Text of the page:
Gas tax proposal runs into opposition
MONTGOMERY (AP) — Some Jefferson County legislators are discussing increasing the state gasoline tax by 10 cents a gallon to pay for transportation programs, but it is not a popular idea with some leaders at the Capitol.
Lawmakers from Alabama's most populous county have talked about dividing the tax, with half going to the state and half to the counties to spend on their transportation priorities, including public transit.
"It empowers each county to set its own priorities and control 50 percent of money generated in their own county," said state Sen. Linda Coleman, D-Birmingham.
Gov. Bob Riley said he could not support a gas tax increase, and several legislators share his view.
"Gas is very expensive as it is," said Sen. Vivian Davis Figures, a Mobile Democrat.
Sen. Bradley Byrne, R-Montrose, said, "This is not a good time to be talking about a gas tax."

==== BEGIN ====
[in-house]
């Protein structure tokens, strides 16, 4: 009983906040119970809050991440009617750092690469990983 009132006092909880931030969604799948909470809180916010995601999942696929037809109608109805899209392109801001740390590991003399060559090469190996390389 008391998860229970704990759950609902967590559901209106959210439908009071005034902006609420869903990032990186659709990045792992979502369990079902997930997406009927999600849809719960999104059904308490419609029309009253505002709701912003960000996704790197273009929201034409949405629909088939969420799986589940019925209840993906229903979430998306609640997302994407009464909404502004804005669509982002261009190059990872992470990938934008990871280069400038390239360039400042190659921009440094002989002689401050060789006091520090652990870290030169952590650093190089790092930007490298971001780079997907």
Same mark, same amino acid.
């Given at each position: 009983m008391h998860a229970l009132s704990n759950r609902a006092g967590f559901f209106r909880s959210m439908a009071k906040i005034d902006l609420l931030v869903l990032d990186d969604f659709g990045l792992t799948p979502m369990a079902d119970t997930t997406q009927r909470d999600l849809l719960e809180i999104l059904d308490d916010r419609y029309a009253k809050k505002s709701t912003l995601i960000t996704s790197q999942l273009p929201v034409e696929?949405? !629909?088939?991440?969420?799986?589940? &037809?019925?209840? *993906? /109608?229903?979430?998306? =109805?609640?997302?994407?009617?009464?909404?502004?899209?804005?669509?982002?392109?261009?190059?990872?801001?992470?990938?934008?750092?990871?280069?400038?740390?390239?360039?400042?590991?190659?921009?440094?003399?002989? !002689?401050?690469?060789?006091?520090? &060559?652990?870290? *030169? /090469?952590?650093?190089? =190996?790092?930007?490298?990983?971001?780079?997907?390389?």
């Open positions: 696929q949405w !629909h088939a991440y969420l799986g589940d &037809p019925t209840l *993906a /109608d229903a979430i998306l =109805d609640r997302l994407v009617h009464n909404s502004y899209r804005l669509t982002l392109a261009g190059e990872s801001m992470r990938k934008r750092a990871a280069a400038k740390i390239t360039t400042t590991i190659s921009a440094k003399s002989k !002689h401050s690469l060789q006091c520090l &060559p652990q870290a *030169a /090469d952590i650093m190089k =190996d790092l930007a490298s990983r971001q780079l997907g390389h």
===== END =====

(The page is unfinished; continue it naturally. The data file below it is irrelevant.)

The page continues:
The current state gas tax is 18 cents on the gallon, with 2 cents going to the Alabama Department of Agriculture and Industries as an inspection fee.
The gas tax increase would generate about $127 million a year for the state Department of Transportation, Coleman said.
Coleman said the tax could help alleviate a shortage of funding that has placed some projects in urban and rural areas of the state "on the back burner."
Some counties, she said, are not able to access federal dollars for highway projects because they do not have the required local matching funds.
Billy Norrell, executive director of the Alabama Road Builders Association, said the group supports a 5-cent increase to go to the state for road and bridge work.
He said his board has not voted on whether it would support a portion of gas tax revenues going to public transit.
"Historically, that's always been off-limits," he said.
Copyright 2005 Associated Press. All rights reserved. This material may not be published, broadcast, rewritten or redistributed.
Save $84.50 a year off our newsstand price:
Subscribe today for only 38 cents a day!